Using SEM complemented by TEM observations we found that individual gMμEs were often engulfed by thin protrusions that extend from the cell bodies (Figure 1). In some cases the thin branches adhered to the mushroom cap and to parts of the “mushroom's stalk” leaving other parts of the gMμE stalk in contact with the extracellular solution (see also SEM image Figure A1).

Extracellular Field Potential Recordings by the Gold Mushroom-Based MEA

The MEAs used in this study were composed of 8×8 gMμEs (two of which were not bonded) with a cap diameter of 1–2 μm and a pitch of 20 μm covering an area of 147×147 μm (~21,000 μm2). The gMμEs and the flat glass substrate in between the gMμEs were functionalized by laminin. Because of the small dimensions of the gMμEs and their pitch, a number of gMμEs were expected to be in physical contact with a single CM (with an estimated diameter of ~40 μm) and only a few CM could be recorded from. Recordings and electroporation pulses were made by 62 gMμEs using the Multi Channel Systems (Reutlingen, Germany) AC amplifier (MEA-1060-Inv-BC), with frequency limits of 1–10,000 Hz and a gain of 110–1100. The data shown is of raw, unprocessed recordings. Typically, the background noise level of the system was ~20 μV. In all experiments a 20 ms 1mV voltage calibration square pulse was applied to the bathing solution by an isolated pulse generator.

Recording of spontaneous electrical activity was made from 3 to 14 days old cultures. Altogether we recorded spontaneous field potentials from >50 cultures). Although the estimated surface area of a gMμE is small (~10 μm2) the FPs recorded by individual gMμE are very similar in amplitude and shapes to those reported earlier using larger substrate integrated planar electrodes (Banach et al., 2003; Reppel et al., 2005; Jones et al., 2011). This is consistent with the transmission electron micrographs indicating that the engulfment of the gMμEs by the cells increases the seal resistance formed between the cells and the electrode and thereby compensates for the relative smaller surface area of the electrodes (Figure 1; Hai et al., 2009a,b,2010a,b; Fendyur et al., 2011). Most recorded FPs were composed of a positive phase representing the outward current generated by neighboring cells to the one from which the recording is made, followed by an inward phase that subsides to the baseline representing the upstroke phase of the AP and its repolarization to the resting level (Figures 2, 3 and 4; see Halbach et al., 2003).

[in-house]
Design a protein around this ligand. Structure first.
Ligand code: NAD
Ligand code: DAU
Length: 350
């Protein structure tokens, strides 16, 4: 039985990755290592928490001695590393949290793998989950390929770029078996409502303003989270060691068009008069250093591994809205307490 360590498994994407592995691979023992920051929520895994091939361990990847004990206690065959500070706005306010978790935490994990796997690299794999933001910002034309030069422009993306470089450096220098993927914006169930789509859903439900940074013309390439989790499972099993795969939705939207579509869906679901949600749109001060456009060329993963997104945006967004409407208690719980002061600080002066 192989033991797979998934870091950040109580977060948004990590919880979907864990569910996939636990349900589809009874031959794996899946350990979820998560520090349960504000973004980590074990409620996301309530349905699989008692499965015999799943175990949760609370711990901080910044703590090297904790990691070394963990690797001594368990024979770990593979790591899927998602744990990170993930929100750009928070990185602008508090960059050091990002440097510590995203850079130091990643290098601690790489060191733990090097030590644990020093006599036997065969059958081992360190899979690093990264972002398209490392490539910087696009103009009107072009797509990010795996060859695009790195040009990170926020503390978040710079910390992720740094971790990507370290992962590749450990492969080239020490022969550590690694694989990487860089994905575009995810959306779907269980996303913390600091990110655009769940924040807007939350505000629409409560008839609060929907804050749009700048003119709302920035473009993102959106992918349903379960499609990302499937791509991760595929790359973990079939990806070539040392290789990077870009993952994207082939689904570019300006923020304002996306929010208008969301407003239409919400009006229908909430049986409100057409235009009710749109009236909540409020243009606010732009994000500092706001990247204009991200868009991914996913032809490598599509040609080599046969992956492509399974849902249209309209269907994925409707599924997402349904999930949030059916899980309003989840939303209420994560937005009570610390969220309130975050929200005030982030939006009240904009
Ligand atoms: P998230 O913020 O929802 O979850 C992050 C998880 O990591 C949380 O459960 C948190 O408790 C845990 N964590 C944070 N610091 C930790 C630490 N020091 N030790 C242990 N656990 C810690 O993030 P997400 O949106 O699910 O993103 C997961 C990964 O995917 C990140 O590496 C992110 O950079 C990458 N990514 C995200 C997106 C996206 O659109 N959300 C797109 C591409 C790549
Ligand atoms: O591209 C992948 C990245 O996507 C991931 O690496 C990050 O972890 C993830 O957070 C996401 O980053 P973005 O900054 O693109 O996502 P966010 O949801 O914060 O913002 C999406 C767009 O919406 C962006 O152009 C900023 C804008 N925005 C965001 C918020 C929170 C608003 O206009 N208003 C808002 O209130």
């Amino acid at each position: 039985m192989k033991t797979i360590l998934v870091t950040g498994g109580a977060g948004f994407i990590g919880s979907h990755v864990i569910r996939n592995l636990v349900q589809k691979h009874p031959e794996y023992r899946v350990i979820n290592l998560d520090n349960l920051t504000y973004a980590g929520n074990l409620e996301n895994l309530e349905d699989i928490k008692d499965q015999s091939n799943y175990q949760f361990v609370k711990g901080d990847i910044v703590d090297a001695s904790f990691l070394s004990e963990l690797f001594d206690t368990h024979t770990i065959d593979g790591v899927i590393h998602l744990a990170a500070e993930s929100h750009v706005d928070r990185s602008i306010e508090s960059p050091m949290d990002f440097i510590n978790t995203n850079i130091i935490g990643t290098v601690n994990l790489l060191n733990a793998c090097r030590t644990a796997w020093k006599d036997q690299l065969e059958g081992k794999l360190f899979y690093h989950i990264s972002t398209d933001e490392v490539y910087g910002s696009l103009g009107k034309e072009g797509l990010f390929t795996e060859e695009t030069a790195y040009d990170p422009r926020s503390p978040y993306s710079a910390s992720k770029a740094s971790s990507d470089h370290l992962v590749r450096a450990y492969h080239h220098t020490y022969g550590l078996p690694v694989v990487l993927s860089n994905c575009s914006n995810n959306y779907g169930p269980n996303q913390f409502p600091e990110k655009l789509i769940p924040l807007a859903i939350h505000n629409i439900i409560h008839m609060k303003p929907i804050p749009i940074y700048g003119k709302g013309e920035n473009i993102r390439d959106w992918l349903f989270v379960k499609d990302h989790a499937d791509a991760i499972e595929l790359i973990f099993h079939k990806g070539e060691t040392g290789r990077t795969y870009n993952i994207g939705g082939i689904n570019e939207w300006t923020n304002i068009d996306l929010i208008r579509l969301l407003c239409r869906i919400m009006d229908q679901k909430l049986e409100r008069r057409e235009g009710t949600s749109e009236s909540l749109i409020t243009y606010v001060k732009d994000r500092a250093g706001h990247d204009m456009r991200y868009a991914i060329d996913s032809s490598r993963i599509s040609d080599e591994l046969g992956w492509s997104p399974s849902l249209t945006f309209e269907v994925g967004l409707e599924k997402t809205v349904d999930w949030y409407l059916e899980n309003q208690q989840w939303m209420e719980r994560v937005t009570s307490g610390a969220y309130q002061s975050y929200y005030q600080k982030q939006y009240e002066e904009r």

FIGURE 2
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Figure 2. From extracellular field potential (FP) recordings to intracellular recordings and the recovery process. (Aa) Before electroporation a gMμE recorded a typical extracellular FP (enlarged in Ba). After the delivery of an electroporating pulse (100 ms 1 V) (at 0 s) the biphasic recorded FP transformed into a monophasic 5 mV positive potential with a shape similar to that reported by intracellular recordings. The amplitude of the action potential diminished over time, gradually resuming the shape of the extracellular field potential 125–148 s after electroporation. Thereafter the shape of the FP gradually recovered (between 148 and 607 s and enlarged in B) regaining the typical biphasic shape (Ad and Bd). (B) Enlargements of the FPs before electroporation (Ba) and b 148, c 607 s and d 24 h after electroporation. (C) Schematic drawing of the presumed reversible effects of an electroporating pulse on the plasma membrane facing a gMμE. (D) A calibration square pulse delivered to the bathing solution.

FIGURE 3